Elizabeth II (21st April 1926 - 8th September 2022: ) was the Head of State and monarch of the United Kingdom, Canada, Australia and New Zealandand Supreme Governor of the Church of England from 1952 until her death in 2022. She was also Head of State of dozens of other Commonwealth countries for various parts of this time.
She also served as titular Head of the Commonwealth. In none of these offices did she hold any real political power: as Head of State, the monarch's role is largely ceremonial as in all constitutional monarchies. Nevertheless, doubts remain in some quarters about specific residual discretions and crown prerogatives, such as choosing a prime minister, that are not always constrained by precedent or constitutional limitations.
The future Queen married Philip Mountbatten, whom the King had immediately before created Duke of Edinburgh, in 1947. Elizabeth ascended to the throne in 1952 while she was in Kenya, upon the death of George VI, her father. Charles, Prince of Wales, the eldest of the Queen's four children, succeeded her. Elizabeth's hobbies included watching horse racing and breeding thoroughbreds, dog walking and country dancing.
The Queen was the second-longest-reigning sovereign in recorded history, behind only Louis XIV, and just ahead of the late King Rama IX of Thailand (the only other sovereign known to have reigned 70 years was Prince John II of Liechtenstein). (Only monarchs of officially independent states count in this statement, and only those whose reign length, not just existence, is reliably recorded.)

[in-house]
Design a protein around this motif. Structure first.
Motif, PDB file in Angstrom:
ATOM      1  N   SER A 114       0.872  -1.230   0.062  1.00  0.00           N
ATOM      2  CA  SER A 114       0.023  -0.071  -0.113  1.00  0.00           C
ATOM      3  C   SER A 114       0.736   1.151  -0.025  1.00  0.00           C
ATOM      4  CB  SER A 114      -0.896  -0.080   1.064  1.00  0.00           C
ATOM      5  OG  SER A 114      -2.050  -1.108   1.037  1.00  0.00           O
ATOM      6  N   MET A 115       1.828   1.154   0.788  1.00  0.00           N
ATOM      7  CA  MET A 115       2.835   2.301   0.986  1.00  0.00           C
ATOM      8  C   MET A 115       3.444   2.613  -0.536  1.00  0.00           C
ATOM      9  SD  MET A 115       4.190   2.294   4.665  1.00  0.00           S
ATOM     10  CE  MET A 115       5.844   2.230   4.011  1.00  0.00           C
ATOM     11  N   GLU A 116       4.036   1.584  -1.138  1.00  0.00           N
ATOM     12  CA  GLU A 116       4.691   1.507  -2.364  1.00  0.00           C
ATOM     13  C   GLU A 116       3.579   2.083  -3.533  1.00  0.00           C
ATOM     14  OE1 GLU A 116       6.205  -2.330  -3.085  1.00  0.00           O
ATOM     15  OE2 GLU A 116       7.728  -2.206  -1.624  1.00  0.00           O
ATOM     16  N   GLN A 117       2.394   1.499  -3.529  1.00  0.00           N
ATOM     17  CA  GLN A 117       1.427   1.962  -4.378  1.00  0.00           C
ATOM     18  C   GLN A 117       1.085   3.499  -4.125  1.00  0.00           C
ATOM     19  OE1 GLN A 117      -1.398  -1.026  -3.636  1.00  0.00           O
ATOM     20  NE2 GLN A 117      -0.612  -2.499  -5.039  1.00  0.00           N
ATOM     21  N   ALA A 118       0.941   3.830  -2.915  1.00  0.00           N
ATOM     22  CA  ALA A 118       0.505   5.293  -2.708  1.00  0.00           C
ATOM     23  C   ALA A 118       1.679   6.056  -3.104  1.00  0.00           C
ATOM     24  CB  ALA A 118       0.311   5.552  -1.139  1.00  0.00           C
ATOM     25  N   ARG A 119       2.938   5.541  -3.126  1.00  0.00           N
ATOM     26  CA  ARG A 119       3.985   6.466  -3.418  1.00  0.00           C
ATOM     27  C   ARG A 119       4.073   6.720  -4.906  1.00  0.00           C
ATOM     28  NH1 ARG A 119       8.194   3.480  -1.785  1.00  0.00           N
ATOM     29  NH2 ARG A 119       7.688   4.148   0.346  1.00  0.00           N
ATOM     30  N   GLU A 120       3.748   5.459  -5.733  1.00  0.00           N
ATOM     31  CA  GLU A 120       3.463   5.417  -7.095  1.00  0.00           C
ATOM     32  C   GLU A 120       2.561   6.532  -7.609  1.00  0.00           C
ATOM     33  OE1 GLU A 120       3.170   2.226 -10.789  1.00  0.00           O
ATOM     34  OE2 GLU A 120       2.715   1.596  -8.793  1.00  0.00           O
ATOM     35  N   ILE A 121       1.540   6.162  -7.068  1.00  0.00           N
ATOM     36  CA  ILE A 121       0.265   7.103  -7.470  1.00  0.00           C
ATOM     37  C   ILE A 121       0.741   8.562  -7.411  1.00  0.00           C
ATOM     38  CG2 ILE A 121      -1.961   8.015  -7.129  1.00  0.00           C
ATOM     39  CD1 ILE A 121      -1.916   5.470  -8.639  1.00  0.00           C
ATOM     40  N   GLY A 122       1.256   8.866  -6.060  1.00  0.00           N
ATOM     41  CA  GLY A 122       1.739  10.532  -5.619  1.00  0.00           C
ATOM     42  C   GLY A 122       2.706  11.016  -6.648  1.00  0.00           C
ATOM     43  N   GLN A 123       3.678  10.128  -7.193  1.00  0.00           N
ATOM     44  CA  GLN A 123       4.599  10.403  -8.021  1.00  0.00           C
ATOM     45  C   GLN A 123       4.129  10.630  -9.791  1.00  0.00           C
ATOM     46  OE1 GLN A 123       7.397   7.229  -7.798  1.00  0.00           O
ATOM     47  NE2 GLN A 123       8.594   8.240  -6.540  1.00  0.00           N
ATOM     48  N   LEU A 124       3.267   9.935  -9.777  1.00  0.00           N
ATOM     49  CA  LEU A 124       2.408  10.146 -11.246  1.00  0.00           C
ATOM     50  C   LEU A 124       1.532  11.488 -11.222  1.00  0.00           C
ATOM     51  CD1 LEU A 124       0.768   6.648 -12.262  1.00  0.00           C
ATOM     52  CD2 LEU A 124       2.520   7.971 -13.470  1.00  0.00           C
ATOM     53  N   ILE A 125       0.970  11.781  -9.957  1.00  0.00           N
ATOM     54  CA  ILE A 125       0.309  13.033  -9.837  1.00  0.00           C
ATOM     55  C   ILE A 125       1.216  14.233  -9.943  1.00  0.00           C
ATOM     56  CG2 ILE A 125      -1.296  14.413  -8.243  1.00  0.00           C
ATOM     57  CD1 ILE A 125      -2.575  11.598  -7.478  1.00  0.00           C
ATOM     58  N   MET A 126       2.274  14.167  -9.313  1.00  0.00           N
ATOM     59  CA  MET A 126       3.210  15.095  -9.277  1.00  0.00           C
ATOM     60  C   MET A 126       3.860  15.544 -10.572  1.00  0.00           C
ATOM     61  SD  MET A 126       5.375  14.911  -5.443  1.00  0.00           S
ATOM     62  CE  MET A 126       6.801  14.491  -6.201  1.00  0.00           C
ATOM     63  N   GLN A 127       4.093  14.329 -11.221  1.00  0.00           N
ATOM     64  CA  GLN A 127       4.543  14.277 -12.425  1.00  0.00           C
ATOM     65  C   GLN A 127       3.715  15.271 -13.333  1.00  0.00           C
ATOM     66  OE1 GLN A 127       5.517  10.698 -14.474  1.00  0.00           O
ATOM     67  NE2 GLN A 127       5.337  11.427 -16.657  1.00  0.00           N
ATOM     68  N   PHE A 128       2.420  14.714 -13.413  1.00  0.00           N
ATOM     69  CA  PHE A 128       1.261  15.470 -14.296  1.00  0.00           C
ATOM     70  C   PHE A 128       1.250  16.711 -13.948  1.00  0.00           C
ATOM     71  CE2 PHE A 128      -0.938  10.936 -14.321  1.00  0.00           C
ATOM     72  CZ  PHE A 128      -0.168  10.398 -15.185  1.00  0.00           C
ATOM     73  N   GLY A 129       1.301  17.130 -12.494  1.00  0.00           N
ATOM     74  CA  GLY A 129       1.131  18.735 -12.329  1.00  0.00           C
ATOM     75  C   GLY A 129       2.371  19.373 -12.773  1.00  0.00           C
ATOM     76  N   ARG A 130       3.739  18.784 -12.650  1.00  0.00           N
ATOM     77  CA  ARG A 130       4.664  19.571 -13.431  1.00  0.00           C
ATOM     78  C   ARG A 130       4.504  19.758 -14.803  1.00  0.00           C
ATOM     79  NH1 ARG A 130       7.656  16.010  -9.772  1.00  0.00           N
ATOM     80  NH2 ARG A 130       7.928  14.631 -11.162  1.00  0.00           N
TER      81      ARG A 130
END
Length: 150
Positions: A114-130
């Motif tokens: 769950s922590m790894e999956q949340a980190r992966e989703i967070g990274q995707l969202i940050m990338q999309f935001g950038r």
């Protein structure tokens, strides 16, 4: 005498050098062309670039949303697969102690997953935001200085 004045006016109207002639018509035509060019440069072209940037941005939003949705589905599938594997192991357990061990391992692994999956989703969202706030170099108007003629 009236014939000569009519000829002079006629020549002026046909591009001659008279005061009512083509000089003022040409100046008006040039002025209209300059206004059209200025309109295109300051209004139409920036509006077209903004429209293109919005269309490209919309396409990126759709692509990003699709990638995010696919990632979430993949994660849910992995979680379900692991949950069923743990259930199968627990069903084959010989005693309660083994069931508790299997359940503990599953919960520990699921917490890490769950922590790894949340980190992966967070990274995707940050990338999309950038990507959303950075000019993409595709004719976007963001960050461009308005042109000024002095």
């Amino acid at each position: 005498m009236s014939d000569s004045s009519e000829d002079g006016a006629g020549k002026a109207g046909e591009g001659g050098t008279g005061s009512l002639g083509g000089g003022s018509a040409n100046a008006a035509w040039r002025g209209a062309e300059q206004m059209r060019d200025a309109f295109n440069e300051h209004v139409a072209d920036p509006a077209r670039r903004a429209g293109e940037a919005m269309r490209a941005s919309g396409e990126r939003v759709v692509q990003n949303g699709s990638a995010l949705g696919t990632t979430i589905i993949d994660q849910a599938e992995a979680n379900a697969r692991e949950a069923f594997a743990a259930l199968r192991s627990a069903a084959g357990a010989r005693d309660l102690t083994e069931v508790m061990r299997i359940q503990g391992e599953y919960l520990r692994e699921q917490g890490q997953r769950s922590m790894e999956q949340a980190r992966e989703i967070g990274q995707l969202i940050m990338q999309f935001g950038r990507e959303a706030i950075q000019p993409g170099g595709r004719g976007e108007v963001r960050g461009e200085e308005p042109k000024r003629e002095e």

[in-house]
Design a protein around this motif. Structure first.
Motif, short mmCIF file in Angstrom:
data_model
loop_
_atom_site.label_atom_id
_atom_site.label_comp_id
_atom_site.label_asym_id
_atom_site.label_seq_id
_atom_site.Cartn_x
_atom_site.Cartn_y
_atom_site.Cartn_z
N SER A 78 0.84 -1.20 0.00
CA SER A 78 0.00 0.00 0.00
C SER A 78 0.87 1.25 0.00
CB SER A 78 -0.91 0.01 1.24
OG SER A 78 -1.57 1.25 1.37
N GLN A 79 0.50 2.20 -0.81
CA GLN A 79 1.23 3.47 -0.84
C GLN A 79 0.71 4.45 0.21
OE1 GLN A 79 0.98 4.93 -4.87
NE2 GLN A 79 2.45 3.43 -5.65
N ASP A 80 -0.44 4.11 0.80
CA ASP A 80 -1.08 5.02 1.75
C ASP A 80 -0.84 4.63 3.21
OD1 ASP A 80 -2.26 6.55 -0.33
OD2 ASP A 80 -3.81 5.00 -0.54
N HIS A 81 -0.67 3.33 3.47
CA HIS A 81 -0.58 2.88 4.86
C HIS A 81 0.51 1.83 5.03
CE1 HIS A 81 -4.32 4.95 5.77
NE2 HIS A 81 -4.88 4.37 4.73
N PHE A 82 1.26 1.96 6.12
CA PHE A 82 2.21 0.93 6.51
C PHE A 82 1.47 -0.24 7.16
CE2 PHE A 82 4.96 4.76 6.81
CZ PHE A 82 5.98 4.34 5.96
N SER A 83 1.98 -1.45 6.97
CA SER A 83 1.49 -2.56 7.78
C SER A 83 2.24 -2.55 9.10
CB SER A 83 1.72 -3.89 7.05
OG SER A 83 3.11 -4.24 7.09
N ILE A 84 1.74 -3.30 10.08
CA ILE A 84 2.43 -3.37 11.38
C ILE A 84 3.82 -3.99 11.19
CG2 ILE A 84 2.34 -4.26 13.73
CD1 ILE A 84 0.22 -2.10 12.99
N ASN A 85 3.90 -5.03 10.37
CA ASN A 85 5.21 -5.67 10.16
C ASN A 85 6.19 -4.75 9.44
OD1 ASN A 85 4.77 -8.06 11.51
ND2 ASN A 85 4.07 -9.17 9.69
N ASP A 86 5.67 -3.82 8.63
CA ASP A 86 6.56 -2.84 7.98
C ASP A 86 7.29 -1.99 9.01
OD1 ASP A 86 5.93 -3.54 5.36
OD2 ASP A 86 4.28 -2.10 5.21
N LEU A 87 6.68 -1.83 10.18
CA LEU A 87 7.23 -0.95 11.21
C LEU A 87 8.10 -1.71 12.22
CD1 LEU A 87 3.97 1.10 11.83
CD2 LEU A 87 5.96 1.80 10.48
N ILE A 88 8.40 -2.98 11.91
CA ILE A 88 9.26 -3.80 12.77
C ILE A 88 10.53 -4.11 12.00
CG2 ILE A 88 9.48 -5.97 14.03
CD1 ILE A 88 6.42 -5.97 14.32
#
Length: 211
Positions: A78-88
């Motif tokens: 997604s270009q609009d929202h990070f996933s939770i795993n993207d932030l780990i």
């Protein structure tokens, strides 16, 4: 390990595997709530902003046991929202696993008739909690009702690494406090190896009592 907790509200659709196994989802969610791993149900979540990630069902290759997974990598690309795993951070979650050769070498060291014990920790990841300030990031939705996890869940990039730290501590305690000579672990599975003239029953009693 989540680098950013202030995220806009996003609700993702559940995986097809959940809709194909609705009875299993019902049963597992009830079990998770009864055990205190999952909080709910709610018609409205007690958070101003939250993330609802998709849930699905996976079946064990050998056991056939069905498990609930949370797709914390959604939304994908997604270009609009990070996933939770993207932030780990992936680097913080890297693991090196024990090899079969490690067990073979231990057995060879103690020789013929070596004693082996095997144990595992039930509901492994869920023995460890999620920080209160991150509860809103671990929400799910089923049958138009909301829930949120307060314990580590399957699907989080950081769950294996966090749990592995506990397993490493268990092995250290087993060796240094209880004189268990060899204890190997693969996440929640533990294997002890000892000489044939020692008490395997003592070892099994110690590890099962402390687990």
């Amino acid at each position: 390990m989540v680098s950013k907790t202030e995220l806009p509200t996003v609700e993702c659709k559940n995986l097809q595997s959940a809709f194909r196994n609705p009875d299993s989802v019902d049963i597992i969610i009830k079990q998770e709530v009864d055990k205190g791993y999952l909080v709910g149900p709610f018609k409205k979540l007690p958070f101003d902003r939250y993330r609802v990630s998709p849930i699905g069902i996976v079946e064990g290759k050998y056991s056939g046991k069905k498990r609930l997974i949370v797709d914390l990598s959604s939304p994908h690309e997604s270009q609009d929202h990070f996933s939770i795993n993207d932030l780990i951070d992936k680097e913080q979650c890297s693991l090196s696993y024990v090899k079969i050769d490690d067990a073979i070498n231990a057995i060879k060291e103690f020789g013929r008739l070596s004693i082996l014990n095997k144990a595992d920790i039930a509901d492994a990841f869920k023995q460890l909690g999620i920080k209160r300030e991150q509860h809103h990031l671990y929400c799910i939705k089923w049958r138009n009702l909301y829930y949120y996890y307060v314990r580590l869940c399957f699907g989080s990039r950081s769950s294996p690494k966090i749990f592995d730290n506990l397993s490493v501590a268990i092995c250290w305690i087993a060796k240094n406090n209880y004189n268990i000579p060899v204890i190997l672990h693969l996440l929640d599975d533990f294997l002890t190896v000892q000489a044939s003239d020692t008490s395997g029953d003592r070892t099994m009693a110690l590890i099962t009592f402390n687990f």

She had a record 15 different Prime ministers in the UK alone, around 200 in all her realms put together.
Her Royal Highness Princess Elizabeth of York was the firstborn child of the Duke and Duchess of York. Her baptismal name was Elizabeth Alexandra Mary and her pet name was Lilibet. Her only sibling was a younger sister, the late Princess Margaret Rose. Because her father was the second son of the reigning monarch, he was not expected to succeed to the throne and so no one envisioned Princess Elizabeth as the future queen.
In 1936, following the abdication of Edward VIII, later the Duke of Windsor, Elizabeth’s father the Duke of York became King George VI. The princess was now HRH The Princess Elizabeth and heiress presumptive to the throne. 
Accession to the throne
The Queen's accession actually took place in Kenya, where she happened to be visiting when her father died on 6 February 1952. A coded message was telegraphed through, and her private secretary asked her husband to break the news. The secretary then asked her what name she wished to reign under. The remaining legal formalities were carried out in London, partly immediately and partly when the Queen returned. She was crowned the following year as Queen of the United Kingdom, Canada, Australia, New Zealand, South Africa, Pakistan and Ceylon.
Reign of Elizabeth
The Queen was known to be a practising Christian, regularly attending Anglican church services (or Presbyterian ones when in Scotland), in addition to her titular role as Supreme Governor of the Church.
- April often being a poor month for weather, the Queen's birthday is officially celebrated in June. See the British monarchy's official page: 'One Queen, Two Birthdays'.
- The last monarch to succeed while outside the realm had been George I in 1714.
- The Royal Family: 'Her Majesty the Queen'. Official website.
- The Queen's sister was known as Princess Margaret Rose when young, and was styled HRH The Princess Margaret upon her father's accession to the throne.
- Had the princess been a boy, her title would have been heir apparent, but as King George's consort HM Queen Elizabeth was young enough potentially to have additional children, Elizabeth was heiress presumptive, because a brother would have been placed ahead of her in the line of succession.